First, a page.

Are you looking for information on mitochondrial functions? This BiologyWise article the structure and function of mitochondria with the help of a labeled diagram.
The mitochondrial matrix is a viscous fluid that contains hundreds of enzymes responsible for various functions. An overview of the important functions of these enzymes is presented below.
The mitochondrion is a cell organelle responsible for production of energy. It is also known as the powerhouse of cell. The mitochondrion is a cell organelle characteristic to eukaryotic organisms. Its size ranges from 0.5 to 10 micrometers. A mitochondrion is composed of parts such as outer membrane, inner membrane, intermembrane space, matrix and mitochondrion-associated ER membrane. The outer and inner membrane of mitochondria are formed of proteins and phospholipid bilayers. The matrix of mitochondrion is formed of many different enzymes and it has many important functions.
Structure of Mitochondrial Matrix
A mitochondrion is formed of different parts and the matrix is one of them; it is enclosed inside the inner membrane of mitochondrion. The matrix of mitochondrion contains mainly soluble enzymes. The other components of this matrix are ribosomes and DNA. The contents of mitochondrial matrix are viscous in nature. This is unlike the cell cytoplasm that incorporates contents in a liquid state. Out of the total protein content of mitochondrion, 60-70% is present in the matrix.
The mitochondrial matrix houses hundreds of concentrated enzymes. Succinyl coenzyme A synthetase is one of the many enzymes present in mitochondrial matrix. This enzyme acts as a catalyst in the process of converting succinyl-CoA to succinate.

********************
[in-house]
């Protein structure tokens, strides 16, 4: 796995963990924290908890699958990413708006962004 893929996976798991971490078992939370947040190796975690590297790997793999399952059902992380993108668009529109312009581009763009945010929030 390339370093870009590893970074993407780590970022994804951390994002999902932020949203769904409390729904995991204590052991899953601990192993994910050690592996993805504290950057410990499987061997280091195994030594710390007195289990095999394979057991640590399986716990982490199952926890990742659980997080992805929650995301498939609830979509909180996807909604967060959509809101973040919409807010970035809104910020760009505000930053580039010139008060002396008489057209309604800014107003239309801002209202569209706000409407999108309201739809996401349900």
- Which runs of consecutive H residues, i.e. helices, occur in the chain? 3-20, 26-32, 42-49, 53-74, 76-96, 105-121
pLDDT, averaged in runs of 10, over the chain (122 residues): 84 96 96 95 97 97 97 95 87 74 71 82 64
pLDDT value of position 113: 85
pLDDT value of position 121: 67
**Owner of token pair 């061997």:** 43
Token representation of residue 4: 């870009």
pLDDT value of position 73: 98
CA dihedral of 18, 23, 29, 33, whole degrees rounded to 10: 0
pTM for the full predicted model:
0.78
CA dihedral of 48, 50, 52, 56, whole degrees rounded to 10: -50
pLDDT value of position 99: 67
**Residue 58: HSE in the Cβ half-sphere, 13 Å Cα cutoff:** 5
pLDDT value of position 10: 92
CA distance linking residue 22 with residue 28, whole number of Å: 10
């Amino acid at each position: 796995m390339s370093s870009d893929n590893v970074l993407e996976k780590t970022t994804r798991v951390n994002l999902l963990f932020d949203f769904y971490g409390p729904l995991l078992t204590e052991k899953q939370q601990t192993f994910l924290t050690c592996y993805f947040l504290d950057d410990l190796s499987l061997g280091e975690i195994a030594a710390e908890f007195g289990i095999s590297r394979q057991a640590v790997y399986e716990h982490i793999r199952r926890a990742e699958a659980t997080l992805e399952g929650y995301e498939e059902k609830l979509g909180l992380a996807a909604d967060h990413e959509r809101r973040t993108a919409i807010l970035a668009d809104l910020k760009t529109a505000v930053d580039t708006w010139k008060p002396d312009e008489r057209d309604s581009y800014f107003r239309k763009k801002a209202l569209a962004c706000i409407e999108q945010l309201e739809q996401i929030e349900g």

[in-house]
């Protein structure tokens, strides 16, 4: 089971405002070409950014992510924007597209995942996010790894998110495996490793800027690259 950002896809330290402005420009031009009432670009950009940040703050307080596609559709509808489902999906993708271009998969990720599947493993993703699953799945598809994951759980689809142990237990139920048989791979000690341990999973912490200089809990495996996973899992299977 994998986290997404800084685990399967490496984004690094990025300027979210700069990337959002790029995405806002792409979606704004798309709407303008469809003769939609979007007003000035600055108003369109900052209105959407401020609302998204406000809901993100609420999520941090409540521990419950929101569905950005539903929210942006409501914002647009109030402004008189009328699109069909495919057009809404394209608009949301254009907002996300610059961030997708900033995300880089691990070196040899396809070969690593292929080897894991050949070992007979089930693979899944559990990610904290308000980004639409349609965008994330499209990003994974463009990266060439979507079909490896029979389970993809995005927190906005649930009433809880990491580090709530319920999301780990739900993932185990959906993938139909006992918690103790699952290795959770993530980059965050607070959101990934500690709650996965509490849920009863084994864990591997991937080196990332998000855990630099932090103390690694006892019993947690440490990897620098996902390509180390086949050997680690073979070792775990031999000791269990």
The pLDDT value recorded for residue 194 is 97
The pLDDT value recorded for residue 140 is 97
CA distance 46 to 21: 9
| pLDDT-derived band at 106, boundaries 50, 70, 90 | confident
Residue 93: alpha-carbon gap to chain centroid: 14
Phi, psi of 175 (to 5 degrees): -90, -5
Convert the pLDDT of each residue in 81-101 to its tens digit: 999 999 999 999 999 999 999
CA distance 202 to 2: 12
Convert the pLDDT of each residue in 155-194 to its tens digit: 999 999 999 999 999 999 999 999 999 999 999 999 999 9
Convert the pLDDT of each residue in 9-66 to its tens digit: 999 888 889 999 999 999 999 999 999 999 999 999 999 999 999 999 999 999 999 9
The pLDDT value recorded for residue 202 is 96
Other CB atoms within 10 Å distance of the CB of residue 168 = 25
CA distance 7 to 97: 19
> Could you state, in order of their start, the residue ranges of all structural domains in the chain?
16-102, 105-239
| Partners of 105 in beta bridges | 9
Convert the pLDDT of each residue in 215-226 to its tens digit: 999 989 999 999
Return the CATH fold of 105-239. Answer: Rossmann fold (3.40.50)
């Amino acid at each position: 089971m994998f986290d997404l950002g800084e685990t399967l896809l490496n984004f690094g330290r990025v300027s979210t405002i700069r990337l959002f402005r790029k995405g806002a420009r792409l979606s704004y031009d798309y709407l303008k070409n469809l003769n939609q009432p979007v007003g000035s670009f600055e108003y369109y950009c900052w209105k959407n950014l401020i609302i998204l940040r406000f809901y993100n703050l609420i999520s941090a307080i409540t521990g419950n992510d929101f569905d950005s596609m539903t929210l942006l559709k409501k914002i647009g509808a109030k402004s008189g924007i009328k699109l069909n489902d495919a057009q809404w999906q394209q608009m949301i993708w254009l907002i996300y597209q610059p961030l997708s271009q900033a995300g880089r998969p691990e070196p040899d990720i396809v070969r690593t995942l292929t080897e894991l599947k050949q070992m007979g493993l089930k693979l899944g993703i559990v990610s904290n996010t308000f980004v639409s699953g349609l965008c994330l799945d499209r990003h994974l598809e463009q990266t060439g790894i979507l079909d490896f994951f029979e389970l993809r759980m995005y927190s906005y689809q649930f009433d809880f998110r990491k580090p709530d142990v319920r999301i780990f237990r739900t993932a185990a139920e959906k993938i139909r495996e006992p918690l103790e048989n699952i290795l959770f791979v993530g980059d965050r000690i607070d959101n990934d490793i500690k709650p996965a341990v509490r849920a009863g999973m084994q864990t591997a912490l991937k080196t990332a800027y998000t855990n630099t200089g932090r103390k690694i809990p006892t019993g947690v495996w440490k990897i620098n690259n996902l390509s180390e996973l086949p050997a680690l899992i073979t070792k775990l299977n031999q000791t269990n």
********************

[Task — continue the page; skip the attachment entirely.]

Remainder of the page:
One of the important functions carried out by enzymes in the matrix is that of oxidation of fats and carbohydrates in Krebs cycle. The function of mitochondrial matrix is that, it acts as a site for important reactions and processes that produce energy for cells. It is the site for Krebs cycle and ATP synthesis. A short explanation of ATP synthesis and Krebs cycle is presented below. The details about electron transport chain (an intermediate process) should also prove to be useful in understanding the two processes.
Site for Krebs Cycle
It is also referred to as citric acid cycle and holds great importance from the point of oxidation of carbohydrates and fats. This oxidation of fats and carbohydrates generates energy required for the functioning of body. The mitochondrial matrix is the site where the citric acid cycle takes place. Oxygen is used as a raw material for this process.
Electron Transport Chain
The transfer of electrons down the electron transport chain is responsible for energy production. The inner membrane of mitochondrion is the site of this chain. The electron transport chain (ETC) transfers electrons from Nicotinamide adenine dinucleotide (NADH) to oxygen. The process of electron transport across inner membrane of mitochondrion results into an electrochemical proton gradient. This proton gradient is responsible for synthesis of ATP. The process of ATP synthesis is explained in the next paragraph.
Synthesis of ATP (adenosine triphosphate) is an important mitochondrial function. The products obtained from Krebs cycle, amino acid oxidation and fatty acid oxidation are used in the synthesis of ATP. The proton gradient created by the electron transport chain drives the process of ATP formation in the mitochondrial matrix.
Site for Urea Cycle
It is the chemical reaction in which urea i.e. ((NH2)2CO) is generated from NH3 i.e. ammonia. This process of urea cycle takes place in 5 steps. Out of the total 5 steps, 3 take place in mitochondrial matrix.
The mitochondrion is one of the most important cell organelle, owing to its functionality of production of energy. Without the mitochondrion and its matrix, it is not possible to support the functions of our body. All the enzymes and other elements of mitochondrial matrix described above are necessary for the smooth functioning of the processes of this cell organelle.